The National Screening Unit (NSU) provides health screening programmes in New Zealand.
Screening services during Alert Level 1
Cancer screening programmes are returning to normal under Alert Level 1.
People are being invited for routine breast and cervical screening and those who missed screening appointments during the suspension of services are being contacted by their provider to make a new appointment.
Bowel screening is also restarting and people who received a bowel screening test kit can now complete it and send it back.
New invitations to participate in bowel screening will resume from 11 June 2020. However, anyone concerned about their bowel symptoms should talk to their GP directly and not wait until they receive their test.
The ten DHBs currently delivering bowel screening programmes are providing colonoscopies to bowel screening participants who returned a positive bowel screening test during the COVID-19 restrictions. DHBs are giving priority to people needing urgent investigation and then moving on to people who have had a positive screening test, so there may be a delay before some participants receive their appointment.
Antenatal and newborn screening programmes will continue during the health service response to COVID-19, but with some changes to ensure health staff, women and babies are kept safe.
More information for pregnancy and newborn screening participants is available on the National Screening Unit website.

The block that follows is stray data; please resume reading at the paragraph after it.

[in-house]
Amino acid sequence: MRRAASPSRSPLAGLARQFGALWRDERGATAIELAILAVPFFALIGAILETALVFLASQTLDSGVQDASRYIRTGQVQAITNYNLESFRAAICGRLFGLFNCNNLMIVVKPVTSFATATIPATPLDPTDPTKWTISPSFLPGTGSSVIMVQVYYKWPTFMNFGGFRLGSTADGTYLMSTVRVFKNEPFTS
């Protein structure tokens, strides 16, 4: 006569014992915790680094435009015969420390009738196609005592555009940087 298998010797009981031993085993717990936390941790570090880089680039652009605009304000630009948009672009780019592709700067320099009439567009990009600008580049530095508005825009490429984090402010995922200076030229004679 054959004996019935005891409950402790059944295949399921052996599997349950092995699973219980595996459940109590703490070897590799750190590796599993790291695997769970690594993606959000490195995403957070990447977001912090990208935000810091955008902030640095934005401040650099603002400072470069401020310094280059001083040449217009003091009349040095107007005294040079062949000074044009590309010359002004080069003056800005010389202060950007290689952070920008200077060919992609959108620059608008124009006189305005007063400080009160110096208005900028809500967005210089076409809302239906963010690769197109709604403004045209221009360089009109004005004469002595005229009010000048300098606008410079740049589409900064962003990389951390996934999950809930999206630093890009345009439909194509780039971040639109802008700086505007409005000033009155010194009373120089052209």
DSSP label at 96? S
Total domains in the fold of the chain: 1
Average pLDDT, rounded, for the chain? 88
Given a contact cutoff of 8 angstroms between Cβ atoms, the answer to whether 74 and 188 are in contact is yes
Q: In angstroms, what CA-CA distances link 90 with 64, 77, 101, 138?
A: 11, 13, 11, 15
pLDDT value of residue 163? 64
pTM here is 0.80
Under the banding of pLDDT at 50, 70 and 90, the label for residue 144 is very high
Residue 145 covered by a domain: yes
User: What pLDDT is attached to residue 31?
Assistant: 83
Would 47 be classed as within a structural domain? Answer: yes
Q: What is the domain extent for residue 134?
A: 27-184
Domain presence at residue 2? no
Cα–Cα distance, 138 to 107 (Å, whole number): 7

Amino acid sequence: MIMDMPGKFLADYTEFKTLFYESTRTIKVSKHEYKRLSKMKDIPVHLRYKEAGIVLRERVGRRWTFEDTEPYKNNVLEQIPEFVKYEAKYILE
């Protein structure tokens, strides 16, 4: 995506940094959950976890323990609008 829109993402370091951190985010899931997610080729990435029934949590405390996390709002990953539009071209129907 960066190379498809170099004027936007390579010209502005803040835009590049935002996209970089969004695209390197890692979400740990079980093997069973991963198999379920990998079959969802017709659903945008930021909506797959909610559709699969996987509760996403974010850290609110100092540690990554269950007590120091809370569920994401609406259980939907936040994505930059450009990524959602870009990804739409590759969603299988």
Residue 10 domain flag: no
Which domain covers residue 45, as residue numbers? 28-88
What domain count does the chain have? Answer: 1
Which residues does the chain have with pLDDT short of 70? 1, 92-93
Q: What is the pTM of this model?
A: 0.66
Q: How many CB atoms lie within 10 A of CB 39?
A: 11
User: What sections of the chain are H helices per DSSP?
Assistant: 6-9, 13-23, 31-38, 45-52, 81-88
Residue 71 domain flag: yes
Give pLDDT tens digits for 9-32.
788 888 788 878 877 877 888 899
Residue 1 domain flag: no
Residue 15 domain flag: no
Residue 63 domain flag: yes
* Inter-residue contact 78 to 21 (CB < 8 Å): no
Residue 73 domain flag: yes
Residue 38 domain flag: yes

More information about the changes to cancer screening programmes is available on the Time to Screen website.
About the NSU and screening programmes
The NSU is responsible for the safety, effectiveness and quality of organised screening programmes. It is responsible for national coordination of the following screening programmes.
- National Bowel Screening Programme – screens people for bowel cancer
- BreastScreen Aotearoa – screens women for breast cancer
- National Cervical Screening Programme – screens women for abnormal changes to cells on the cervix
- Newborn Metabolic Screening Programme – screens newborn babies for certain metabolic disorders
- Universal Newborn Hearing Screening Programme – screens newborn babies for hearing loss
The NSU is also responsible for introducing the quality improvement measures for antenatal screening for Down syndrome and other conditions.
The NSU monitors the quality of screening programmes, and works with expert groups to make sure each screening programme is based on the latest evidence and meets high standards. The NSU also advises the Government on other potential programmes.
Core functions of the National Screening Unit
- National coordination, leadership, and advice to government regarding screening
- Ensuring obligations under the Treaty of Waitangi are met
- Research and development including evaluation of new evidence related to screening and evidence-based appraisal of technological advances in screening
- Developing frameworks, policies and standards
- Monitoring performance and evaluating screening services
- Coordinating, leading and developing a screening workforce
- Administering legislation related to screening programmes
- Identifying under-screened groups and developing effective strategies to improve their participation